Since humans first set their eyes to the stars, they noticed that a few of these bright objects behaved differently from the others. Whereas all the stars moved together, revolving around the Earth once every 24 hours, five appeared to move within the firmament among the other stars. Accordingly, they were named “planets,” meaning “wanderers” in Greek. By the 17th century leading astronomers, following the teachings of Copernicus, had recognized that the planets revolve around the Sun, and that the Earth itself is also a planet. This brought the total number of planets to six: Mercury, Venus, Earth, Mars, Jupiter, and Saturn.
All of these planets had been known since antiquity, and their progress in the sky measured and recorded carefully for nearly 2000 years. Their number seemed so well established that astronomer Johannes Kepler (1571 - 1630), who was the first to correctly calculate the orbits of the planets, devoted a large part of his Mysterium Cosmographicum (1596) to explaining why there had to be exactly six planets. It was a comforting view of a closed and familiar “system of the world,” which accorded well with prevailing beliefs in an orderly universe guided by divine wisdom.
But in 1781 the system of the planets received a jolt from which it would never recover. On the 13th of March William Herschel, a German-born Englishman, master craftsman and dedicated astronomer, trained his 6.2 inch reflector telescope at the sky. “While I was examining the small stars in the neighborhood of H Geminorum,” he wrote later, “I perceived one that was visibly larger than the rest.” Further observations showed that the large “star” appeared to be moving among the other stars, and it was soon recognized as a planet, orbiting the Sun beyond Saturn. After several name changes which included “The Georgian Star” (Herschel’s own preference) and simply “Herschel,” the seventh planet became known as Uranus.
Once the lid was blown off the old six-planet system, there no longer seemed to be an upper limit to the number of possible planets. If Uranus had been hiding all these centuries in the far reaches of the Solar System, could there not be other planets lurking even further away? A close analysis of the orbits of Saturn and Uranus showed that this might indeed be the case. Something, it appeared, was causing perturbations in the smooth elliptical orbits of these two outer planets. The most likely explanation was that an unknown planet was exerting a gravitational pull on its neighbors, causing them to stray from their calculated orbits. Finding that planet, or even figuring out where to look for it, proved to be a daunting task.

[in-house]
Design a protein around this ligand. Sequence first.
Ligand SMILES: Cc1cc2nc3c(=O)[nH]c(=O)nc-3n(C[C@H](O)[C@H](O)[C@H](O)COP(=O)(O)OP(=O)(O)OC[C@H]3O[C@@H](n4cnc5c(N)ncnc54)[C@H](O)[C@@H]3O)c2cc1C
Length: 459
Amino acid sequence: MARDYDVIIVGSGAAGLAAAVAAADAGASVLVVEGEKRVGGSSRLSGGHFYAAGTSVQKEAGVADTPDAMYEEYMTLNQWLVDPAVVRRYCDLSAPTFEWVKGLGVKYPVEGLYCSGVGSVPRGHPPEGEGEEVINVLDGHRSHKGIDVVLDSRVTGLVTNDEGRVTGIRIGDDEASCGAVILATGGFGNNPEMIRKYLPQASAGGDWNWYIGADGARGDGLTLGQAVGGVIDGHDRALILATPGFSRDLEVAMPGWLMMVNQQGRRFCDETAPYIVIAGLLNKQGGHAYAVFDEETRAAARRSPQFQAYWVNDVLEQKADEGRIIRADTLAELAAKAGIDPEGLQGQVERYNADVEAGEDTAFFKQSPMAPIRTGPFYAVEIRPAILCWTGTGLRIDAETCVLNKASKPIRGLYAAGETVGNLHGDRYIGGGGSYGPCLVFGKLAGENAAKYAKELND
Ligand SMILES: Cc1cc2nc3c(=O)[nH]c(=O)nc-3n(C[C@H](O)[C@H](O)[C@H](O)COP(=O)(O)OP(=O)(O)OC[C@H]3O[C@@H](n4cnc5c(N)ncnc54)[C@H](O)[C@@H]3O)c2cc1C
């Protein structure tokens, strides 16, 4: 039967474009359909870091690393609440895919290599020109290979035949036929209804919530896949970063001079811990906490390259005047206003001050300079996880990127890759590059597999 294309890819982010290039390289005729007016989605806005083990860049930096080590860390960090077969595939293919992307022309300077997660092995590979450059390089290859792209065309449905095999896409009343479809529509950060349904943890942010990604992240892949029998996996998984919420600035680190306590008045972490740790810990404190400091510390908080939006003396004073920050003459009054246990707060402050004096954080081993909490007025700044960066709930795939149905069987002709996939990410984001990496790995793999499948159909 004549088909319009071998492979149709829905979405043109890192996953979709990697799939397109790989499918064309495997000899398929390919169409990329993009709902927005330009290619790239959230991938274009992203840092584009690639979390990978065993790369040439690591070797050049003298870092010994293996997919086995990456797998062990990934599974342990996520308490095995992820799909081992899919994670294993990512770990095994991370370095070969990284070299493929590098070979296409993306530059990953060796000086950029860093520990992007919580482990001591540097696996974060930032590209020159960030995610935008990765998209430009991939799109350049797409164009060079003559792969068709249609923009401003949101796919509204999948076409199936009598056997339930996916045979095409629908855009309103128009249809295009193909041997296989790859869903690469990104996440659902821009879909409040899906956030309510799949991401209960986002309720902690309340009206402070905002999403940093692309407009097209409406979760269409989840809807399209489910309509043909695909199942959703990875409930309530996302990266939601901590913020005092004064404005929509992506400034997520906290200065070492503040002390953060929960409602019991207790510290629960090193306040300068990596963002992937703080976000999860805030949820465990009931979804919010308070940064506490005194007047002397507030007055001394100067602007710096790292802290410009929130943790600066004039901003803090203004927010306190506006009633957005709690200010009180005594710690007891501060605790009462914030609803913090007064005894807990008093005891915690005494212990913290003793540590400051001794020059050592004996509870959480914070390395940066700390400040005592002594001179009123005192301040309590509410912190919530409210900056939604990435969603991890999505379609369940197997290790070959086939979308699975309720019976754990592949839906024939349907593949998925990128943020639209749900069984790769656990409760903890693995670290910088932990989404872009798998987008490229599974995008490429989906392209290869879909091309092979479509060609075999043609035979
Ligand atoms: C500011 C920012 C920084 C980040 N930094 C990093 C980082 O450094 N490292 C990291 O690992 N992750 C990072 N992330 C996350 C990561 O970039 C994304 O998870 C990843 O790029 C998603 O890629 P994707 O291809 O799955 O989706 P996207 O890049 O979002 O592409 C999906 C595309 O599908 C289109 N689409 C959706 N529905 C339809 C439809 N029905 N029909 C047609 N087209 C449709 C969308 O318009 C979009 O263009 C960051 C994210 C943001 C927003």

When the 8th planet, now known as Neptune, was finally detected in 1846, it was the occasion of one of the most celebrated controversies in the history of science. Two young astronomers – John Couch Adams in England, and Urbain J. J. Leverrier in France – had independently calculated near-identical orbits for the missing planet based on the orbital irregularities of Saturn and Uranus. Being relatively unknown and lacking professional standing, both had trouble getting observational astronomers to follow up on their calculations and search for the planet. Finally, on the night of September 23, 1846, astronomer Johann Galle of the Berlin Observatory tested Leverrier’s prediction and almost immediately found the planet. The priority dispute that followed between Adams and Leverrier and their respective champions was to rock the astronomical community in both England and France for decades to come.